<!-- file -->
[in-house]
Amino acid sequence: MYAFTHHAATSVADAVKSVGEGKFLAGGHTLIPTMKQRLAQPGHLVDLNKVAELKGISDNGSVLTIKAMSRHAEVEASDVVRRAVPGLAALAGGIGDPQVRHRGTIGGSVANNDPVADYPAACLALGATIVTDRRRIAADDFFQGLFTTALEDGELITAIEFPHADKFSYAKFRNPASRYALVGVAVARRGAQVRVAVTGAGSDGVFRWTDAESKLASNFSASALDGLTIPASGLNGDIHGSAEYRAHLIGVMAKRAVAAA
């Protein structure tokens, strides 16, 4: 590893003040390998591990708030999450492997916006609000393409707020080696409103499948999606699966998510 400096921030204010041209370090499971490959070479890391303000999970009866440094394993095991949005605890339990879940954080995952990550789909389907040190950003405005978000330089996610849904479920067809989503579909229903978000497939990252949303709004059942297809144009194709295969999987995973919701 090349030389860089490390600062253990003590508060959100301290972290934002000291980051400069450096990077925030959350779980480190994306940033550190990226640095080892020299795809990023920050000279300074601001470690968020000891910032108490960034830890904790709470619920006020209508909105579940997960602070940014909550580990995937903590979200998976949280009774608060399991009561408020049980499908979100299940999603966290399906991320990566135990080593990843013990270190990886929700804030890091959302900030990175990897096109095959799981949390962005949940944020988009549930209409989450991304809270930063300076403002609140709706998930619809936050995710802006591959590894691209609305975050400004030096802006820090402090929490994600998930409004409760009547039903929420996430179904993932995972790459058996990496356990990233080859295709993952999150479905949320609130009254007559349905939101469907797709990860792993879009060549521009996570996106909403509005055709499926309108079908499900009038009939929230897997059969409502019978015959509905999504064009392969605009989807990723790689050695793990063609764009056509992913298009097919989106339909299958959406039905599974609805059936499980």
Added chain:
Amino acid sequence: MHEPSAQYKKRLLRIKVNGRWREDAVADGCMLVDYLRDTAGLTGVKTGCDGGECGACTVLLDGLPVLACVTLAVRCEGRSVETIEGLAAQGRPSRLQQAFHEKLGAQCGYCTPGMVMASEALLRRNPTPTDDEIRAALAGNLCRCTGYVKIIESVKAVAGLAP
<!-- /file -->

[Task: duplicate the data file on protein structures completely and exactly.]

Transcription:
[in-house]
Amino acid sequence: MYAFTHHAATSVADAVKSVGEGKFLAGGHTLIPTMKQRLAQPGHLVDLNKVAELKGISDNGSVLTIKAMSRHAEVEASDVVRRAVPGLAALAGGIGDPQVRHRGTIGGSVANNDPVADYPAACLALGATIVTDRRRIAADDFFQGLFTTALEDGELITAIEFPHADKFSYAKFRNPASRYALVGVAVARRGAQVRVAVTGAGSDGVFRWTDAESKLASNFSASALDGLTIPASGLNGDIHGSAEYRAHLIGVMAKRAVAAA
């Protein structure tokens, strides 16, 4: 590893003040390998591990708030999450492997916006609000393409707020080696409103499948999606699966998510 400096921030204010041209370090499971490959070479890391303000999970009866440094394993095991949005605890339990879940954080995952990550789909389907040190950003405005978000330089996610849904479920067809989503579909229903978000497939990252949303709004059942297809144009194709295969999987995973919701 090349030389860089490390600062253990003590508060959100301290972290934002000291980051400069450096990077925030959350779980480190994306940033550190990226640095080892020299795809990023920050000279300074601001470690968020000891910032108490960034830890904790709470619920006020209508909105579940997960602070940014909550580990995937903590979200998976949280009774608060399991009561408020049980499908979100299940999603966290399906991320990566135990080593990843013990270190990886929700804030890091959302900030990175990897096109095959799981949390962005949940944020988009549930209409989450991304809270930063300076403002609140709706998930619809936050995710802006591959590894691209609305975050400004030096802006820090402090929490994600998930409004409760009547039903929420996430179904993932995972790459058996990496356990990233080859295709993952999150479905949320609130009254007559349905939101469907797709990860792993879009060549521009996570996106909403509005055709499926309108079908499900009038009939929230897997059969409502019978015959509905999504064009392969605009989807990723790689050695793990063609764009056509992913298009097919989106339909299958959406039905599974609805059936499980």
Added chain:
Amino acid sequence: MHEPSAQYKKRLLRIKVNGRWREDAVADGCMLVDYLRDTAGLTGVKTGCDGGECGACTVLLDGLPVLACVTLAVRCEGRSVETIEGLAAQGRPSRLQQAFHEKLGAQCGYCTPGMVMASEALLRRNPTPTDDEIRAALAGNLCRCTGYVKIIESVKAVAGLAP